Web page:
This months review comes from Maureen Brown who recently joined the creative and ballet classes at the Claremont Project. Maureen enjoyed being part of the Big Dance last summer and danced at Trafalgar Square with an elders group along side younger people’s groups and Wayne McGregor professional dance Troupe. Here Maureen will talk a little more about the play The Last of the Haussmans.
This is a play by Stephen Beresford that I saw at the National Theatre in June 2012, with a cast including, Julie Waters, Rory Kinnear and Helen McCrory.
The main character, Judy Haussman, an ‘ageing hippy’ matriarch, played by Julie Waters was presented as an eccentric but determined, free spirited older woman.
Judy has a serious health issue (melanoma of the skin), but as far as her dysfunctional family are concerned there is an equally important issue of inheritance to sort out.
Her ‘hedonistic, guru following, sexually liberated old junkie’ character (New Statesman), appeared in long flowing, fringed robes reminding us of her former trips to India. In another scene she wears a snoopy nightdress, possibly suggesting age has caught up with her.
Her long grey disheveled hair suggests her advancing years and ill health. The opening scene in the second act presents Judy as a frail, elderly lady tended to by her son. She wears large dark glasses and seems rather confused. It is brilliantly portrayed, with great pathos.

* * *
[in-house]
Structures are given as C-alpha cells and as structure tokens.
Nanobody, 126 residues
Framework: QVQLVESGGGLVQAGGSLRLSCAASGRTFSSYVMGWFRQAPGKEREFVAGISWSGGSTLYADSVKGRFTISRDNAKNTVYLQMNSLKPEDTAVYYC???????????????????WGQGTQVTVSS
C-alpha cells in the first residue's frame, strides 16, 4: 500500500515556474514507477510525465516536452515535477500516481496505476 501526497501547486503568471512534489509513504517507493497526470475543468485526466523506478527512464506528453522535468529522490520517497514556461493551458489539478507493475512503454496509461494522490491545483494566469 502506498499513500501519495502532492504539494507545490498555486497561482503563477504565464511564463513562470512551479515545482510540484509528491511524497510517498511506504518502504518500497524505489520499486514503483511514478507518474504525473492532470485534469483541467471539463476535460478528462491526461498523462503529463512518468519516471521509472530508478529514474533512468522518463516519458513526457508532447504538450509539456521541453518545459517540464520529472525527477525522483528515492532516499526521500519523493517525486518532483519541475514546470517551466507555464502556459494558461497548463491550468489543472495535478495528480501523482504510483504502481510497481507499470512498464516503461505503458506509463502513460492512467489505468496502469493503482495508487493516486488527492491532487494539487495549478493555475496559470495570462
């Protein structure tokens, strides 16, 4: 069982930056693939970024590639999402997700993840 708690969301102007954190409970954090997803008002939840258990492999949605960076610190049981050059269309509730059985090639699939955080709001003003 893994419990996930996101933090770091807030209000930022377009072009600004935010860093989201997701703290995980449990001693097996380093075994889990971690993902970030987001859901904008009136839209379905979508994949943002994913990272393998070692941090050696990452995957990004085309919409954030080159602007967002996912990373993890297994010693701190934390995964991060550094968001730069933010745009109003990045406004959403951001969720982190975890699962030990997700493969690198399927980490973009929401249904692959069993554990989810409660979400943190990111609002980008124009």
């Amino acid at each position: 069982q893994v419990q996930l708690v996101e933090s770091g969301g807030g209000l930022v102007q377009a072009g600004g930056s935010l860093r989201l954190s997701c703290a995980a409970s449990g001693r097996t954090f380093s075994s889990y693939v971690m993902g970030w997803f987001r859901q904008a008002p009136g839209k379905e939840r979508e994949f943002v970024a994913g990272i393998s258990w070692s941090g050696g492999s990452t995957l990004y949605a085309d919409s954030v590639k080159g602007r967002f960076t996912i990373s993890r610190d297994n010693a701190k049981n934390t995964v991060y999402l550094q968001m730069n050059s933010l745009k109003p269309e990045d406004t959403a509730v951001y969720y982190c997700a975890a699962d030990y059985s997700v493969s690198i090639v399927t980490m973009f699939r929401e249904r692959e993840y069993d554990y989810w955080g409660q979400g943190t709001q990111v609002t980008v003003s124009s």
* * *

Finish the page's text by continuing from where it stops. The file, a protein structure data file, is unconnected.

With a gradual return to reasonable health, we learn about the doctor’s mistake in over-prescribing her pain relief. Judy brushes it off, seeing it as one more acid trip whilst her family are outraged by the doctor’s behaviour.
Judy’s role as a relic of the sixties, hanging onto the ideals of free love, peace and revolution was scripted in a humorous and at times expansive form portraying an elderly person willingly trapped in a time warp of hippy trails to India with her children in tow.
Decades later, the reality is a neglected rundown house (in a very desirable area), swathed in Indian drapes, the dysfunctional family assemble. Had her unconventional parenting taken its toll on the kids? Questions embedded in the past are teased out as the family members try to resolve the contentious issue of inheritance.
I noticed some critics used descriptions that might be considered derogatory such as, ‘She’s a wrinkly but still has a determined free spirit’. (Independent)
I really liked the spirited, sometimes outrageous Judy Haussman character.
Oh to grow old disgracefully!
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